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↵I know all of these things and can recite them with ease. My brain knows their meaning, but once I launch off the line, the smooth mechanistic sprinter’s agenda vaporizes in a flurry of panic, poor coordination, and a total lack of muscle memory. I have been replaced by the orangutan Clyde from Every Which Way But Loose -- my arms make irregular karate chops in every direction, and 3 yards into the sprint I’m fully upright and running like an ostrich wearing a pair of overgrown sideburns. ↵

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↵It is an exercise in complete physical illiteracy. It’s not that my body didn’t receive the instructions, but rather that my body doesn’t even understand what I’m telling it to do. Somewhere in my cerebral cortex a tiny man is pulling levers on a machine and expecting the whole vehicle to execute them with the precision and horsepower of a Shelby Cobra. Much to his shame -- and mine -- he’s getting the response you’d expect from a 1992 Saturn with a broken axle and bad shocks. ↵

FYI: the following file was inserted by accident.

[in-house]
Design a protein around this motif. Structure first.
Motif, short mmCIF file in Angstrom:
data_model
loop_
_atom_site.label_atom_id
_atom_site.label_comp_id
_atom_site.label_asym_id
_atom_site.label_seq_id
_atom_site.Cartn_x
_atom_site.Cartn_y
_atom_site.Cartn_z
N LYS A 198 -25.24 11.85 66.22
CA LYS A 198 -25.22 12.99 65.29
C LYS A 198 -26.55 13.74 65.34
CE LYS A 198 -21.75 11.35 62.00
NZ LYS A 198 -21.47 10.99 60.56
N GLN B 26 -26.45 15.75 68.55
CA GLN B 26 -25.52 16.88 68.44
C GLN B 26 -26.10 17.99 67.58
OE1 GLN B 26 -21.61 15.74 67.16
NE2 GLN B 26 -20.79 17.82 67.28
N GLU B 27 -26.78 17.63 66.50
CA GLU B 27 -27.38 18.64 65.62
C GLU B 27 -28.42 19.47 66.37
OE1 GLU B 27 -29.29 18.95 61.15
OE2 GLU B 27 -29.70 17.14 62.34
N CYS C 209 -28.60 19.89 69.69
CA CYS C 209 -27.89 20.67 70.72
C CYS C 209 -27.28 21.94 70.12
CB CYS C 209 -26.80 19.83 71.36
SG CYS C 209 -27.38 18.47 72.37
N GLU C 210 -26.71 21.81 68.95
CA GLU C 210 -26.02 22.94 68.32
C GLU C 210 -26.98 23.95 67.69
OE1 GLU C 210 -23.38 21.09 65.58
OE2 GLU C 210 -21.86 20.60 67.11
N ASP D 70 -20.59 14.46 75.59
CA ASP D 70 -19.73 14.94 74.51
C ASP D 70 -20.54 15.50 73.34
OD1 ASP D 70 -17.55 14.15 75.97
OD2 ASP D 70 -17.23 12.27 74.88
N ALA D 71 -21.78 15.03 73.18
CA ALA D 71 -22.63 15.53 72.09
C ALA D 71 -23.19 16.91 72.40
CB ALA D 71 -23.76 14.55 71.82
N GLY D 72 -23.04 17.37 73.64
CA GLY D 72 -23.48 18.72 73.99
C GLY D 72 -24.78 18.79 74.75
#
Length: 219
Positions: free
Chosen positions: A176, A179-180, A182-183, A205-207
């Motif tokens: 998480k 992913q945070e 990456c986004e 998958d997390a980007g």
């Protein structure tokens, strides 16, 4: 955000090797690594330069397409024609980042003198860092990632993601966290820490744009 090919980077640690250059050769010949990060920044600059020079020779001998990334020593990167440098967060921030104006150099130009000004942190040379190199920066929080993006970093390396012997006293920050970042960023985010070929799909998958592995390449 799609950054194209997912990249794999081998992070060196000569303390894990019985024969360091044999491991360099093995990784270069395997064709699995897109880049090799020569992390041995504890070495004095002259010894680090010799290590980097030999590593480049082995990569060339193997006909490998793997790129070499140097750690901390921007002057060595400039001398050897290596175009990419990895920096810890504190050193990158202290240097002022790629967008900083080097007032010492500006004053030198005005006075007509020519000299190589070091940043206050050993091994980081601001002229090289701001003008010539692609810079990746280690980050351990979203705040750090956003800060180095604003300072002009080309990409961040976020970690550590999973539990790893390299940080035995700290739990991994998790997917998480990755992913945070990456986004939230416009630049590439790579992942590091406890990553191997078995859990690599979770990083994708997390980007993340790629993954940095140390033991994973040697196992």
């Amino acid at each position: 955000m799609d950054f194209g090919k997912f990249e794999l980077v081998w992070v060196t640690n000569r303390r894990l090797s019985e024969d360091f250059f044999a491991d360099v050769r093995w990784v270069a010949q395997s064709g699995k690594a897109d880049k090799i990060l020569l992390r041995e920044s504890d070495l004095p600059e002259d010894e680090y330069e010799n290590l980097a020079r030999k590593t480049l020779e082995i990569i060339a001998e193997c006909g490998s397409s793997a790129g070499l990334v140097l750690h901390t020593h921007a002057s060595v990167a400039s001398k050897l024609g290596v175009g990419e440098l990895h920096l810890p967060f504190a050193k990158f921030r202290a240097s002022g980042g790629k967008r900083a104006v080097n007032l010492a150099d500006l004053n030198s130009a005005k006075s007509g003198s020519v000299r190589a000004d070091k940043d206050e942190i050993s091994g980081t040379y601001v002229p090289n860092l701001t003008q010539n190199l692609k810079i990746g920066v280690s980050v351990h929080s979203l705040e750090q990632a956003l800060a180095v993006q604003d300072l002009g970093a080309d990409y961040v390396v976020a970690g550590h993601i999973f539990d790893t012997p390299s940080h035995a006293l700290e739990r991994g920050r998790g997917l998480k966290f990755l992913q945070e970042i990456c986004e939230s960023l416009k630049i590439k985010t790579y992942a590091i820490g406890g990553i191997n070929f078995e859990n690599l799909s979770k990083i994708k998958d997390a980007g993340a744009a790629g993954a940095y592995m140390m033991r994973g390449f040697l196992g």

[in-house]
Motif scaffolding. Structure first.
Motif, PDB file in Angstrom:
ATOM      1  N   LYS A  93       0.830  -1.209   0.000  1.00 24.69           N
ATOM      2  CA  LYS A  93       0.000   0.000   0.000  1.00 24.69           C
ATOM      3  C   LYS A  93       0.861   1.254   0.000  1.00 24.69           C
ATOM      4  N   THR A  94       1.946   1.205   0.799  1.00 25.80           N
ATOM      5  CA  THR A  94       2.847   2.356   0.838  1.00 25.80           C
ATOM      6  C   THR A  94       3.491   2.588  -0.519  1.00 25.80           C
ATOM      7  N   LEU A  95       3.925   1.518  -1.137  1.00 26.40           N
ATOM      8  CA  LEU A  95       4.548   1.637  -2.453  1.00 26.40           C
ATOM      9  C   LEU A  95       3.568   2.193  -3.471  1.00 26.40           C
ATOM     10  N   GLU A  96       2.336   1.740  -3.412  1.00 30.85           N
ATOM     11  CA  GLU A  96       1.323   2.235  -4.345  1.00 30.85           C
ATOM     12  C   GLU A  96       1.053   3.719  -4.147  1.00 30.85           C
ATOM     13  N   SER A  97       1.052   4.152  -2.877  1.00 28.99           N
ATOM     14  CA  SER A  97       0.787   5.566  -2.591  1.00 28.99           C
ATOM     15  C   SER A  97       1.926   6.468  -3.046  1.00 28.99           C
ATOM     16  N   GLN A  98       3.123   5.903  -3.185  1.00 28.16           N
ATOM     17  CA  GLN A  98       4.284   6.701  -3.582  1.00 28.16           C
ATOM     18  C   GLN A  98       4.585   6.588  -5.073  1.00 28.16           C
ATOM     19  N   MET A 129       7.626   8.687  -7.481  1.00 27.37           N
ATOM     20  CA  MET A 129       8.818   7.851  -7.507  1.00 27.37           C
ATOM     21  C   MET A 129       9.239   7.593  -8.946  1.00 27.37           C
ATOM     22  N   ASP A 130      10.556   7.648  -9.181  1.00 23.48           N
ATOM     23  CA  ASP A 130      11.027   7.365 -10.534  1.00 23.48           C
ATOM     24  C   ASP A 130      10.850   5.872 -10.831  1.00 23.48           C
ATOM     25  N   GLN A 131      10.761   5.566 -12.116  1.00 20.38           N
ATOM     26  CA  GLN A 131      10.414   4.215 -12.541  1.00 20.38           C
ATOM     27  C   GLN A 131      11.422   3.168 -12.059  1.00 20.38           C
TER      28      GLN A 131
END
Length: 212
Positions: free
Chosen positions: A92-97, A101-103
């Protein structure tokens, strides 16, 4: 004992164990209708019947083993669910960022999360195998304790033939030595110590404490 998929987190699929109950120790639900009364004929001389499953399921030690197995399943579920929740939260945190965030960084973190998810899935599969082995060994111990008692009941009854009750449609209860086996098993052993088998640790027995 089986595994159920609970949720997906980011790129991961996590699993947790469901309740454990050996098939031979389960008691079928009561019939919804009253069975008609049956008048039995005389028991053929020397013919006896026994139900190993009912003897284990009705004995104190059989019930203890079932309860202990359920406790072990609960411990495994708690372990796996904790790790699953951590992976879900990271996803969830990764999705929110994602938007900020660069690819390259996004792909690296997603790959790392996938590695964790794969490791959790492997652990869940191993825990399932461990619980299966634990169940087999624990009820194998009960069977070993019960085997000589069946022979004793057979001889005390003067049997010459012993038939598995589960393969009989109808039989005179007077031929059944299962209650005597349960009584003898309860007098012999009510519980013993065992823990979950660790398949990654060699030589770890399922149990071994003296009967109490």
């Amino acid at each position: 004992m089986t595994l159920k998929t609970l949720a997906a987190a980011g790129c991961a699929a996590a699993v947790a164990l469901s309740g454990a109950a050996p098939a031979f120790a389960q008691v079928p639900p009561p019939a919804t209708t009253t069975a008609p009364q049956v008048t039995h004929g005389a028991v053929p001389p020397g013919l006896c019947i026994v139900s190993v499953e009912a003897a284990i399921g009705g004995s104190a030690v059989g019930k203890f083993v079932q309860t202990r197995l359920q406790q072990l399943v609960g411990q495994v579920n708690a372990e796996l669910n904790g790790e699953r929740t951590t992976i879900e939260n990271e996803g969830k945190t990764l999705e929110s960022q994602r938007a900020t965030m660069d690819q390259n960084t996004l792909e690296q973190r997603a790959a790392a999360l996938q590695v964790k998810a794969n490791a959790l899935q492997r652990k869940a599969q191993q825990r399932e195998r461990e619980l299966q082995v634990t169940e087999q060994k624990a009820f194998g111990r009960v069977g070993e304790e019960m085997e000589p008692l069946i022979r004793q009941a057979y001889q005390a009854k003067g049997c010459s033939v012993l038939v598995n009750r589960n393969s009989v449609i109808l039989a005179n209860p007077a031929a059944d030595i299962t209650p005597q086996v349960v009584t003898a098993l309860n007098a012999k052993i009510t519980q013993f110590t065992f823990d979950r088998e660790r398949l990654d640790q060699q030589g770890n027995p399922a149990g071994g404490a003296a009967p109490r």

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↵Will booms out my time: “6.09.” ↵

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↵I do not even break six seconds. Chris Johnson, who ran a 4.24 at the NFL Combine, could have beaten me by a third while carrying a whole fried turkey in his hands and eating it simultaneously. I am a glacier in sneakers, and even with repeated attempts, I don’t broach the six-second mark. The wolves sweep the competition, and I have to wonder how my lead-footed, unagile and perilously slow ancestors even managed to make it out of the cave for bathroom breaks without being torn to shreds by geriatric sabretooth tigers. ↵

↵ ↵⇥ ↵⇥ ↵⇥ ↵⇥ ↵⇥ ↵⇥ ↵⇥ ↵ ↵

↵Ed. note: Part 2 of Spencer's torture tour will be posted here tomorrow morning. ↵

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This post originally appeared on the Sporting Blog. For more, see The Sporting Blog Archives.